58 Glimpses of Our Ancestors.
19th century England stood, educationally, very low; that the great mass of the people did not know how to read or write, and that, morally and religiously, the nation was rather going back than forward.
Mr. Gale outlived his old antagonist, John Kent. But a day of reckoning was to come at last, and on the 18th of October, 1771, it was unanimously resolved by the then Vicar and four parishioners " that he be removed from the school for neglecting the duties thereof," and, on the 10th April following, that he " be not paid his salary due till he has absolutely put the schoolhouse in such a condition as to the form of it as it was at the time of his entering upon such house."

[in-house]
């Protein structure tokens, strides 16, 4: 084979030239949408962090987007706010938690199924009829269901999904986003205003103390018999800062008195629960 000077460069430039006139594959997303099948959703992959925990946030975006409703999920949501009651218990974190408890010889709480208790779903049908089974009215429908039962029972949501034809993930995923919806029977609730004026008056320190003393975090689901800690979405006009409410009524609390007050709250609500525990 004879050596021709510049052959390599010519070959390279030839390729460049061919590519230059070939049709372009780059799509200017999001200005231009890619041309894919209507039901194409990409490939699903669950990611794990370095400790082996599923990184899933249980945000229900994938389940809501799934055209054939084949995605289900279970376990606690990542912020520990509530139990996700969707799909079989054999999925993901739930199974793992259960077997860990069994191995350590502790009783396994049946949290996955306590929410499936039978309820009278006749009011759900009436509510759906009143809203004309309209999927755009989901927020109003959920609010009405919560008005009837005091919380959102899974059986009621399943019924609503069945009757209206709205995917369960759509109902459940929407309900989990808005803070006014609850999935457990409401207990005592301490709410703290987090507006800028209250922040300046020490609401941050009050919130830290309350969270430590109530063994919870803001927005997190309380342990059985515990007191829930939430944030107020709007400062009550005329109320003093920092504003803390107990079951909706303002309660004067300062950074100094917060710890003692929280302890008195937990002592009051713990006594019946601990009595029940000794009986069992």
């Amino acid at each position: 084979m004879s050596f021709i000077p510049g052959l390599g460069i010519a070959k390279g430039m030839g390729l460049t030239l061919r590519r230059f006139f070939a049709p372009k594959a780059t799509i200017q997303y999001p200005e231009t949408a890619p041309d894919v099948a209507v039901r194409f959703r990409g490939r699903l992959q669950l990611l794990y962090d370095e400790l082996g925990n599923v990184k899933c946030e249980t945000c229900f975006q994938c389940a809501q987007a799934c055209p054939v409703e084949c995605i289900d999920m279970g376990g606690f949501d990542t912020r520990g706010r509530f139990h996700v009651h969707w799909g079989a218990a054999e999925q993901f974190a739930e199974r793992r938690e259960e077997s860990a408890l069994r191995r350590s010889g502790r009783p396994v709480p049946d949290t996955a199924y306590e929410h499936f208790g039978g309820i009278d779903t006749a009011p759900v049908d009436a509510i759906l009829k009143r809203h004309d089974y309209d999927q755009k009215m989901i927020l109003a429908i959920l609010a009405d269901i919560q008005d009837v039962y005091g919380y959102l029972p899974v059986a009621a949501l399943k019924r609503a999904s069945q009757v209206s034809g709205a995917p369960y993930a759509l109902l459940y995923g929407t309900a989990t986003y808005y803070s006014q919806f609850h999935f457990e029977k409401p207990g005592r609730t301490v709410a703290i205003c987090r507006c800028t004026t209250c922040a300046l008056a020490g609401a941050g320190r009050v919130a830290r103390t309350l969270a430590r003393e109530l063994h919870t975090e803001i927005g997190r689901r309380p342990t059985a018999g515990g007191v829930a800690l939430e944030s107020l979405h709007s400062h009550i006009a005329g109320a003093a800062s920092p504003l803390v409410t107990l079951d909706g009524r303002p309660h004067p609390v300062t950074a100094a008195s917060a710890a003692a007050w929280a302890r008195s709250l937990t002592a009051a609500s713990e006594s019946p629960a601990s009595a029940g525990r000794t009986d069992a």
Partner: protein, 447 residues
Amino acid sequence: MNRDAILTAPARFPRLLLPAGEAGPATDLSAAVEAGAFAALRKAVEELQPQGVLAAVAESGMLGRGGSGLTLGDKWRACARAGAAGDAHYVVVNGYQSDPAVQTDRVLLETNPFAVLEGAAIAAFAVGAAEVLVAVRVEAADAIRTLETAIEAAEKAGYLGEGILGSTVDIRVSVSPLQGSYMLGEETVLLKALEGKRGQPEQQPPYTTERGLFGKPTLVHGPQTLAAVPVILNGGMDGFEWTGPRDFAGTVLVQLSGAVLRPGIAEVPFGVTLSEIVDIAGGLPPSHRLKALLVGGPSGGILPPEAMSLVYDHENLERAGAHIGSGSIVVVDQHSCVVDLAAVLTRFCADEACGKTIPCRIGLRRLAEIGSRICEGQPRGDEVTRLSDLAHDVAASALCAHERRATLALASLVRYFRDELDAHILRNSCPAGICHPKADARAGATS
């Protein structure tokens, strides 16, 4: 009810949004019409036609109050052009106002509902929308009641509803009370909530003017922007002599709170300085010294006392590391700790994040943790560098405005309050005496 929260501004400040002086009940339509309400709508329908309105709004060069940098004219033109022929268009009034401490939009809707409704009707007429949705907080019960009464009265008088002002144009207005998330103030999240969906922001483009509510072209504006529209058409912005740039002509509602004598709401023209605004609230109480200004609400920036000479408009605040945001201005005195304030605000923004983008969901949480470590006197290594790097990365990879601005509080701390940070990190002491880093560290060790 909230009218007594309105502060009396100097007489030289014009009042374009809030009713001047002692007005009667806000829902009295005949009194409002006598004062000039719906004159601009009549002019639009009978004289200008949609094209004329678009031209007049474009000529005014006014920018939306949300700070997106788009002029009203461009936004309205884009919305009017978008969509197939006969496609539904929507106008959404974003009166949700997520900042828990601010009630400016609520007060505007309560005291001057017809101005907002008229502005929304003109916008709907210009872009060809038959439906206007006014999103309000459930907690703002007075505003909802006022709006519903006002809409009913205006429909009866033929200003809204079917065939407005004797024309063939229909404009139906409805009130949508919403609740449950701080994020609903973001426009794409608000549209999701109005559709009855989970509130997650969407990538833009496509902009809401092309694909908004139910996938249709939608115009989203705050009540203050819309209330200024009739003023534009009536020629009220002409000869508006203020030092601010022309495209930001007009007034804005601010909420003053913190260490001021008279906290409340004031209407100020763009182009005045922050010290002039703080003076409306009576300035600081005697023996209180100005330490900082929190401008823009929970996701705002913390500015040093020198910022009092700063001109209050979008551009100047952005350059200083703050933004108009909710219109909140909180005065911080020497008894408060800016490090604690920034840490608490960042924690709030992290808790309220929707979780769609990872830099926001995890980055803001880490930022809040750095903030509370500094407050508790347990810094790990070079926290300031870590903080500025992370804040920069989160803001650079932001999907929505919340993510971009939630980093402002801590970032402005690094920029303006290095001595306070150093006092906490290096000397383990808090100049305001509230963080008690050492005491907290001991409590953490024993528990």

From which it may be inferred that neither the schoolmaster nor the schoolhouse of Mayfield was very efficient in the years 1771-72.
That Walter Gale was not an exceptional teacher of youth in the 18th century, the Editor of his diary (Mr. R. W. Blencowe) gives many evidences of; and he concludes with the following characteristic anecdote:—" Two or three years
ago a friend of the Editor visited the school of-----in no
distant part of England; and, observing some deep-coloured stains upon the oaken floor, inquired the cause. He was told that they were occasioned by the leakage of a butt of Madeira which the Master of the Grammar School, who had grown lusty, not having had for some time any scholars who might afford him the opportunity of taking exercise, employed himself upon a rainy day in rolling up and down the schoolroom for the purpose of ripening the wine and keeping himself in good condition."
Upon which we may remark, with some degree of satisfaction, " These things are ordered differently in England " in the present day.
It may be questioned whether "Timothy Burrell, Esq., Barrister-at-Law, of Ockenden House, Cuckfield," who kept a Journal and Account-Book from the year 1683 to 1714,